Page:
Iwakuma does not compare to Matsuzaka because their syles are so different.
"Daisuke wants to throw all of his pitches," the scout said. "Iwakuma is a sinker-slider guy. Daisuke is a high-count guy. Iwakuma is a lower-count guy.
"I think it will get done with Oakland in the end, but who knows?"
Posted on: July 31, 2010 7:49 pm
The door clearly has begun to crack open for his departure.
Question is, when?
After this season, when his two-year, $45 million contract expires?
In August, when he almost certainly will sail through waivers (and when it especially would be incumbent upon the Dodgers to investigate deals for him if they drop out of the pennant race)?
"This club is built with him as our left fielder," Dodgers general manager Ned Colletti said in a conference call shortly after Saturday's 4 p.m. EDT trade deadline passed. "We haven't had him for most of the year.
"That doesn't mean he can't provide us with some help the last couple of months."
Still, the man who stole headlines two Julys ago when the contending Dodgers scooped him up from Boston was back in them for a time in the final, crazy hours as clubs stampeded toward this year's trade deadline.
"We got a call from one team that offered us a very low dollar figure with no players attached to it," Colletti said in recapping the latest chapter in Mannywood. "That's what began it."
Though Colletti would divulge no specifics, industry sources have told CBSSports.com that it was the Chicago White Sox who came calling with ideas of installing Ramirez in the middle of their lineup as they work toward holding off Minnesota in the AL Central.
"Once it was out, a couple of teams called in the last 30, 45 minutes, but it was too cumbersome [to negotiate with the deadline closing in]" Colletti continued.
The GM would not confirm how many clubs phoned the Dodgers regarding Ramirez, only saying, tongue-in-cheek, that it was "a few more than one and less than 30."
Ramirez has full no-trade powers, but given his trouble with his legs this season, it is believed he would accept a deal to an AL club that would allow him a soft landing into a DH role.
"The team that had the strongest interest was trying to get another player that we had interest in with another club," Colletti said. "But that went by the wayside.
"We didn't start the rumor and we didn't float his name. The rumor was started by another team, and I'm not sure what they were trying to accomplish."
The logic there would be that it was a gamble that the Nationals were more eager to rid themselves of Dunn than they let on, and the Ramirez rumors might pique their attention enough to go back to the White Sox and cut a deal for Dunn.
Whatever, no dice.
In the end, Nationals' GM Mike Rizzo called everyone's bluff and wound up keeping Dunn.
Well, first they need to get a healthy Ramirez back into their lineup.
Then, they need to climb back into the NL West race -- they opened Saturday trailing first-place San Diego by seven games, and they were 5 1/2 games behind San Francisco in the wild-card race. Then they lost a crushing 2-1 decision in San Francisco Saturday afternoon.
At some point then -- or during the process -- they'll assess.
One source close to the Ramirez talks Saturday said that "it has to be a good deal" for the Dodgers to trade Manny. And clearly, the Dodgers didn't think they were approached with one.
But with about $7 million remaining of his $20 million 2010 salary, Ramirez surely will pass through waivers, which will give the Dodgers freedom to trade him in August if they're approached with the right deal.
One very good question for now, though, is when the Dodgers might see him again.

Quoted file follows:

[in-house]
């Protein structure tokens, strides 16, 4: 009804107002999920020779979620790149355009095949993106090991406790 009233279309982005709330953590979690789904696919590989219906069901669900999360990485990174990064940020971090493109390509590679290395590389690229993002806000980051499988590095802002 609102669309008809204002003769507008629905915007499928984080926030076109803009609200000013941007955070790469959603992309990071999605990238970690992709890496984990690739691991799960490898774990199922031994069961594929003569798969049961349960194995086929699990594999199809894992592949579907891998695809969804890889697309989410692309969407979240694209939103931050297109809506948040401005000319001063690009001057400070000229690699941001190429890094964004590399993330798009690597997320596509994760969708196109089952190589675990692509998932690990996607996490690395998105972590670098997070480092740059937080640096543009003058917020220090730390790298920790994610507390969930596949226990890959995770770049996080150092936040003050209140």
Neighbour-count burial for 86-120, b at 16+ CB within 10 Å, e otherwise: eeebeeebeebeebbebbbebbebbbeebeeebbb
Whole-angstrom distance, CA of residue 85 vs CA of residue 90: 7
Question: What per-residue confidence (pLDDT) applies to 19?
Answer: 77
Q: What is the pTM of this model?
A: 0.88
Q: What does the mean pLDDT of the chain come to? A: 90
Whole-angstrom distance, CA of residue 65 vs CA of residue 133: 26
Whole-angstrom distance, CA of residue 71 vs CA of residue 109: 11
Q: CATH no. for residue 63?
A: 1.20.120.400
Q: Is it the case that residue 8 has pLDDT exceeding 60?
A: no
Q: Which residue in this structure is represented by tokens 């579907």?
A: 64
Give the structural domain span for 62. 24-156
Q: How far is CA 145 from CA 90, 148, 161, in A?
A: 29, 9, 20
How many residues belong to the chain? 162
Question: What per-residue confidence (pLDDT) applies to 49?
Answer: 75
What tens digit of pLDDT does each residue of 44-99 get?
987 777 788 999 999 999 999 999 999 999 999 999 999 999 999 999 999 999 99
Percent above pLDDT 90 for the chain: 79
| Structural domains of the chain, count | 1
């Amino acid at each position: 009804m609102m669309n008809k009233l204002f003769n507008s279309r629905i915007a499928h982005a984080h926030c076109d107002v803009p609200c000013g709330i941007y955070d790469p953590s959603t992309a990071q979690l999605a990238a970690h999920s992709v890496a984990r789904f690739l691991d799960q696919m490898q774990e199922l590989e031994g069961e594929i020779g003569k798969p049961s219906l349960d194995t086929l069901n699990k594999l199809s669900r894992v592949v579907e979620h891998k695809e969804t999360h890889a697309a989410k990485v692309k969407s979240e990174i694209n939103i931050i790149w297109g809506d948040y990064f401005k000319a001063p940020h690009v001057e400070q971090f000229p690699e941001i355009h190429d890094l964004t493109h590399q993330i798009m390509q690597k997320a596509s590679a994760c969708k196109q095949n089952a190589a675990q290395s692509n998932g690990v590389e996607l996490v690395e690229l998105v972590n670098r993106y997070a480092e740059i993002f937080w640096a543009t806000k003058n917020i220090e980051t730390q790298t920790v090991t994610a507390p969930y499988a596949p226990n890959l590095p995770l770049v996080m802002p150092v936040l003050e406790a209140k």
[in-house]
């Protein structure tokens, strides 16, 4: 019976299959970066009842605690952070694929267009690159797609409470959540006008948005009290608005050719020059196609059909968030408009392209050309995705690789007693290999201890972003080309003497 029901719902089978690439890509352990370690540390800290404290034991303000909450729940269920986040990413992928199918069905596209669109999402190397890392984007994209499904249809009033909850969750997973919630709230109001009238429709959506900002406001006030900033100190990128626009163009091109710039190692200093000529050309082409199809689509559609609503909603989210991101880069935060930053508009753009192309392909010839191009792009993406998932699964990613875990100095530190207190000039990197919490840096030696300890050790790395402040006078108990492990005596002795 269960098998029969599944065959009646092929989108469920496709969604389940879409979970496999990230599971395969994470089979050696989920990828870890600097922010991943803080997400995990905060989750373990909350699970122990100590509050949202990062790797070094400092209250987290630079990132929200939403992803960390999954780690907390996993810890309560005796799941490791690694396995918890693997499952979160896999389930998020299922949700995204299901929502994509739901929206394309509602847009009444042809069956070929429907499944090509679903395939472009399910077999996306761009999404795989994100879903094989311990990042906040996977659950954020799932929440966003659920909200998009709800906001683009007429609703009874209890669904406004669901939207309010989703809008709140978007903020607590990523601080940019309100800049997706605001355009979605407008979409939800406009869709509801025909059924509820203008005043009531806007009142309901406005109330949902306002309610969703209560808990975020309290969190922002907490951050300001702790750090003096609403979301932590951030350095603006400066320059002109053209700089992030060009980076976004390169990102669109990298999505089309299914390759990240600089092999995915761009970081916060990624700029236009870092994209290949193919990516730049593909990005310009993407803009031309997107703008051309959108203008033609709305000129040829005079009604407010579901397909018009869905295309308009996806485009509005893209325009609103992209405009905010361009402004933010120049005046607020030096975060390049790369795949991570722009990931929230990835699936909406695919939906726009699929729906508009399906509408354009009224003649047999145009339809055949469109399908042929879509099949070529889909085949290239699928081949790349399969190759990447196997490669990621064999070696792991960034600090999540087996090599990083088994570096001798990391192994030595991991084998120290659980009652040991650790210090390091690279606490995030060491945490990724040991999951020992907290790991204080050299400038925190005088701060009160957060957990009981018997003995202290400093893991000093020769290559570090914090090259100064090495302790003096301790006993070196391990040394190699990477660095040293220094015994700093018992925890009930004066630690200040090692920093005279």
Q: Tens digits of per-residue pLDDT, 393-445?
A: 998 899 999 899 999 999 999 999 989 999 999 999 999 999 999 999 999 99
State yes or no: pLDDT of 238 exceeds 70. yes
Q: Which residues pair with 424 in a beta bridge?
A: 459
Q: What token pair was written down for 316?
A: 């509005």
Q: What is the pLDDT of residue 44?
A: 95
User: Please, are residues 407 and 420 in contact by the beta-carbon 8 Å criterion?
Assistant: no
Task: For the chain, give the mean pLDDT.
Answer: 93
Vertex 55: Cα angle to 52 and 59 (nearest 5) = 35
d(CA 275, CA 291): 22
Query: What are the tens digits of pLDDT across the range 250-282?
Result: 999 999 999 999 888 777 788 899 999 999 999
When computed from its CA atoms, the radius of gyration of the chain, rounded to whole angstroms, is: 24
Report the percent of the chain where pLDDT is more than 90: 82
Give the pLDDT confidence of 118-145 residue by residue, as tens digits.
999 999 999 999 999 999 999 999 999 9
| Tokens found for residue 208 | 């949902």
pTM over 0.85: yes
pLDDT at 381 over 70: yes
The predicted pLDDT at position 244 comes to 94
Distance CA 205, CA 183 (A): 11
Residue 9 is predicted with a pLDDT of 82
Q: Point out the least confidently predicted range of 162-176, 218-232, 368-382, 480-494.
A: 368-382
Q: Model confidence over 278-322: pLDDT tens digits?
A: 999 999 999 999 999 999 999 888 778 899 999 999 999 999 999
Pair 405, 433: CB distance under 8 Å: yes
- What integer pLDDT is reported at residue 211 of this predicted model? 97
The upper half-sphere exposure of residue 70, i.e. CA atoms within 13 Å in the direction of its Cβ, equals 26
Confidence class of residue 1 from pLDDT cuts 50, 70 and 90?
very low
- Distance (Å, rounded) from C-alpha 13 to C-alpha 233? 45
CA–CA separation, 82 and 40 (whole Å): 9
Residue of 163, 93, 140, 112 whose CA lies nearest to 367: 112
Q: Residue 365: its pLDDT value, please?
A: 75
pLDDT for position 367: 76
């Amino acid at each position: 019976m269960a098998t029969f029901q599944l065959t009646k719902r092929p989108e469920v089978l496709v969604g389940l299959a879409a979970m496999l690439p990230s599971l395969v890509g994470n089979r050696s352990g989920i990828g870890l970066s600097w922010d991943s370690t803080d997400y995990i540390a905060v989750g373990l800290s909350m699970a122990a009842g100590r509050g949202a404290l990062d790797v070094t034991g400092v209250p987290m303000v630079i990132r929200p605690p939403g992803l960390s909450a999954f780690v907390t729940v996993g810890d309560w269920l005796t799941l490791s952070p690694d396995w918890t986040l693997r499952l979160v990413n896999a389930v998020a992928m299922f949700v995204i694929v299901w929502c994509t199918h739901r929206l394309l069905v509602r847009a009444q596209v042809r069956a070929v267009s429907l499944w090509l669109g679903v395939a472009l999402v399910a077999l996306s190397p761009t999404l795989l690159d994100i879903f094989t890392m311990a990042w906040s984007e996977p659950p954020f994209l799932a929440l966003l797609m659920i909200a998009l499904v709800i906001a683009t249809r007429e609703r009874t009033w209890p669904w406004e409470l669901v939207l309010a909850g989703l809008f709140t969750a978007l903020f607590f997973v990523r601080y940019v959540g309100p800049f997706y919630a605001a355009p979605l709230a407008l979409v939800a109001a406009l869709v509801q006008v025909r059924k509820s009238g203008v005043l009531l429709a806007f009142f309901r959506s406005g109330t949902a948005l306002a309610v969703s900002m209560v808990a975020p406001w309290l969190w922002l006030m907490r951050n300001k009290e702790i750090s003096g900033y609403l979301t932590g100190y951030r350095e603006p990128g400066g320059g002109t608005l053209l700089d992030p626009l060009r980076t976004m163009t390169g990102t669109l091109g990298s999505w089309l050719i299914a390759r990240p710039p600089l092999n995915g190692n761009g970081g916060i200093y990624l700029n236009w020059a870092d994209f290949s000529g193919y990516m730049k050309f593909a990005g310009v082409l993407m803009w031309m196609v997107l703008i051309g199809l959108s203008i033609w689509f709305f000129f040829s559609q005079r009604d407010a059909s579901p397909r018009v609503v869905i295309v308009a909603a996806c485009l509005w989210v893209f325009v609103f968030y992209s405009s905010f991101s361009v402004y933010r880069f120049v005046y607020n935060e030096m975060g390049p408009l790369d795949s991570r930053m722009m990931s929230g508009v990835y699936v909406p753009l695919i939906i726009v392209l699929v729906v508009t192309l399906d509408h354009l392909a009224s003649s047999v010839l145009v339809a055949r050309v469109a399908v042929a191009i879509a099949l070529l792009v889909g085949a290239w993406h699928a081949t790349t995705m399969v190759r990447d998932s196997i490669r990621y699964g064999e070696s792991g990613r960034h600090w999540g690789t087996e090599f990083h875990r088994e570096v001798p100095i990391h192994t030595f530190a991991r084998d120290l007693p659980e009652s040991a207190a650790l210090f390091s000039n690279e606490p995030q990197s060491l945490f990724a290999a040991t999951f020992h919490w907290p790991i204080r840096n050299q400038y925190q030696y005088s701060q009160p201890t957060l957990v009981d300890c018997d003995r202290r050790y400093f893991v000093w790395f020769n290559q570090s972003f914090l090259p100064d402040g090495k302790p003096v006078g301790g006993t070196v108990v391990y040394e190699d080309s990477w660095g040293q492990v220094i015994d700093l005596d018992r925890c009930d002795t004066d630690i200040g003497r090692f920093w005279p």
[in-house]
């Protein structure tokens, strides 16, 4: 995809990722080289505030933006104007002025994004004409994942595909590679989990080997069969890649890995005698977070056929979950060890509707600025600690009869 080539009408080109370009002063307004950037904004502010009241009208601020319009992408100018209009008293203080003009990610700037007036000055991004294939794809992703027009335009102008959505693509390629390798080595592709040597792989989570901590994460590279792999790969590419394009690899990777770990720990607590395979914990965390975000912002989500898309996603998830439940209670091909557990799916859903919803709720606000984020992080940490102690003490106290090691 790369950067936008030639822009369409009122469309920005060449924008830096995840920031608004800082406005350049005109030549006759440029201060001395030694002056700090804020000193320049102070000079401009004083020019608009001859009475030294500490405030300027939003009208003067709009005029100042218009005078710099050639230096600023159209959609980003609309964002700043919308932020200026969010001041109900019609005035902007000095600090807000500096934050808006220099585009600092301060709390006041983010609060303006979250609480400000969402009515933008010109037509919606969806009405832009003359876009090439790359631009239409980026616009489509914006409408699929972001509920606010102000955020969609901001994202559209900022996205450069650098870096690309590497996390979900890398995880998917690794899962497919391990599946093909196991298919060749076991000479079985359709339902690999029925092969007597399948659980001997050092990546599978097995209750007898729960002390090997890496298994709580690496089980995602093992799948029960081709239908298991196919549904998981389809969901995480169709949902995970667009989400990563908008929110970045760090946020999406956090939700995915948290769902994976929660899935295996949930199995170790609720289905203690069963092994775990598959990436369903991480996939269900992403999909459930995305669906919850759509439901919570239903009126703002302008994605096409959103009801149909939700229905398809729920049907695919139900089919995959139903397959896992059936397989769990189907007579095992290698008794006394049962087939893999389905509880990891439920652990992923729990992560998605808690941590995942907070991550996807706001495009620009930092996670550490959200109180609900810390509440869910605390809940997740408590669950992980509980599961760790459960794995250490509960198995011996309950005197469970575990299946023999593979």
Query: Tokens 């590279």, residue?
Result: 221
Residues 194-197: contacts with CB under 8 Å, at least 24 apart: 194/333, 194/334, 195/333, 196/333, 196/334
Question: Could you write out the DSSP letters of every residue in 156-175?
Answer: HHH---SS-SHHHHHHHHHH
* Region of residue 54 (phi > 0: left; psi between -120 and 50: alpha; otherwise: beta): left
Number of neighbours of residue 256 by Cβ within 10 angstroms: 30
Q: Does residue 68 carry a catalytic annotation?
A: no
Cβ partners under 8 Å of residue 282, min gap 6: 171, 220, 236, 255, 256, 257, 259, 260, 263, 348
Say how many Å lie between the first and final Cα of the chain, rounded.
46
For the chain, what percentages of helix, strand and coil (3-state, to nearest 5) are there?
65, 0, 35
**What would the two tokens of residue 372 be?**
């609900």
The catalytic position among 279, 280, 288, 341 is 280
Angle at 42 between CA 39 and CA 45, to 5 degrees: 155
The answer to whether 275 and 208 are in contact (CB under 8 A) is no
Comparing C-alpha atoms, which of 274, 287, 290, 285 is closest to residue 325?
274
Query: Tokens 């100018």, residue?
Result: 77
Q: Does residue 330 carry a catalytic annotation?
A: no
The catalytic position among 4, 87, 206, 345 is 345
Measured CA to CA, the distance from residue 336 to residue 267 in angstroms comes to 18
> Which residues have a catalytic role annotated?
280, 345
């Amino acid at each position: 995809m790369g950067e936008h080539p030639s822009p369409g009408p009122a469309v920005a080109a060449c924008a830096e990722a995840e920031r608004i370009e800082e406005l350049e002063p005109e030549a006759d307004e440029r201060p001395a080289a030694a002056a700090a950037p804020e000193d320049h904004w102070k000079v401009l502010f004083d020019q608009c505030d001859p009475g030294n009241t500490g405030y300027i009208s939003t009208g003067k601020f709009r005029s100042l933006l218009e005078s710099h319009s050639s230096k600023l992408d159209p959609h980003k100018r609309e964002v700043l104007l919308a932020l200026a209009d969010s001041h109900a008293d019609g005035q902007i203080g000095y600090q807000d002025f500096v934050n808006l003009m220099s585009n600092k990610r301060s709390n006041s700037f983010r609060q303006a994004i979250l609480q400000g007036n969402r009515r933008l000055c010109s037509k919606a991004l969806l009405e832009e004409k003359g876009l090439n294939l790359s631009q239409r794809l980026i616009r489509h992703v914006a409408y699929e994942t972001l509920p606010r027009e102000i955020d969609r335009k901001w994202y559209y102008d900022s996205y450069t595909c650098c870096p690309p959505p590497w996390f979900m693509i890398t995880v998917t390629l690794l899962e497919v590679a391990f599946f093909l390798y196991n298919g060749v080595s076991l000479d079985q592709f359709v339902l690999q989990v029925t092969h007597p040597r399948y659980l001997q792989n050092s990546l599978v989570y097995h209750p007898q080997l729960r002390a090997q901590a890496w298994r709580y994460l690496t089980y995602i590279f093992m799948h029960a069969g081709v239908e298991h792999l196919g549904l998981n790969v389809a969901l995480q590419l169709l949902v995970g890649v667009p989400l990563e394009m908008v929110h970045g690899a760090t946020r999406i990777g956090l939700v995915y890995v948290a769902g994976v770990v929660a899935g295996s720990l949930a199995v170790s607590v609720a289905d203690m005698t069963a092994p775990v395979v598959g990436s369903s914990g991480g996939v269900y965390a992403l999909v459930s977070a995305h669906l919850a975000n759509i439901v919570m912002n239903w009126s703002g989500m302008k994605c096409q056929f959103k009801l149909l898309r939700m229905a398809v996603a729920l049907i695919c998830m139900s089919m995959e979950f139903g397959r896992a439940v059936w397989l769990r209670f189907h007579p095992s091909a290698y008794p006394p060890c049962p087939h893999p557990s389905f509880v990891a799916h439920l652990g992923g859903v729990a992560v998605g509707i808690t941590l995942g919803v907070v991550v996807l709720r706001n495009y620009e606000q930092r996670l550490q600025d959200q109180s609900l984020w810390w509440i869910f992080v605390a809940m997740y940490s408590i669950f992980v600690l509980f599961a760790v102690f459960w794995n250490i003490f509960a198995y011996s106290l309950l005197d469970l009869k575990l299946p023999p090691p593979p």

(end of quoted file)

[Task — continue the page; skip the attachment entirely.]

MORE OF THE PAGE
Ramirez, 38, currently is on the disabled list for a third time this season, this time with a strained calf. He did not even travel with the Dodgers on their current trip to San Diego and San Francisco, opting to rehab at the club's Arizona spring training facility, and sources say the club has grown increasingly disenchanted with him this season as he has separated himself from the rest of the clubhouse.
The leg problems make him even more of a liability in the outfield, and his power has diminished significantly since last season's 50-game suspension for failing a test pertaining to baseball's performance-enhancement drug policy. In just 61 games this season (the Dodgers now have played 104), Ramirez has just eight homers and a .317 batting average.
When will Manny return?
"That's tough to say," Colletti said. "A week. Ten days, perhaps."
Colletti did very right by the Dodgers this week in adding speedy outfielder Scott Podsednik (from Kansas City), versatile infielder Ryan Theriot (Cubs), veteran starting pitcher Ted Lilly (Cubs) and closer/set-up man Octavio Dotel (Pirates). He's always been at his strongest during the July and August trading periods.
The roster is fortified and manager Joe Torre has even more options.
But as for Ramirez, whose production is diminishing and whose honeymoon in Hollywood is finished ... what's left?
Does the GM believe Manny will finish the season a Dodger?
"I sure hope so," Colletti said, pausing and choosing his words carefully. "I think he will be.
"Yeah, I guess I believe it. How's that?"
Posted on: July 30, 2010 4:24 pm
Edited on: July 30, 2010 6:17 pm
Washington slugger Adam Dunn, subject of raging trade speculation as the Chicago White Sox, San Francisco Giants and others attempt to acquire him, is in the Washington lineup tonight and says he's amenable to going to an American League team to DH.
Dunn just finished speaking with reporters before heading out for batting practice, and colleague Danny Knobler is in D.C. for tonight's Roy Oswalt debut.
Here's what Danny passes along from Dunn:
"My options are awesome," said Dunn, who notoriously in the past has said he is not interested in being a designated hitter and prefers to stay in the NL.
Even if he's dealt to the AL and is asked to DH for the rest of the season?
"This will be a DH situation for two months," said Dunn, a free agent at season's end. "It's not career-ending."
Dunn, in good humor, also had a great line when asked his feelings about going to the White Sox if Chicago GM Kenny Williams is able to build the right package around pitcher Edwin Jackson.
"I like their uniforms," Dunn said. "I like black."
When the session ended, several reporters covering the Nationals shook Dunn's hand and wished him well.
"I'm not going anywhere," Dunn responded. "I'll see you guys after the game."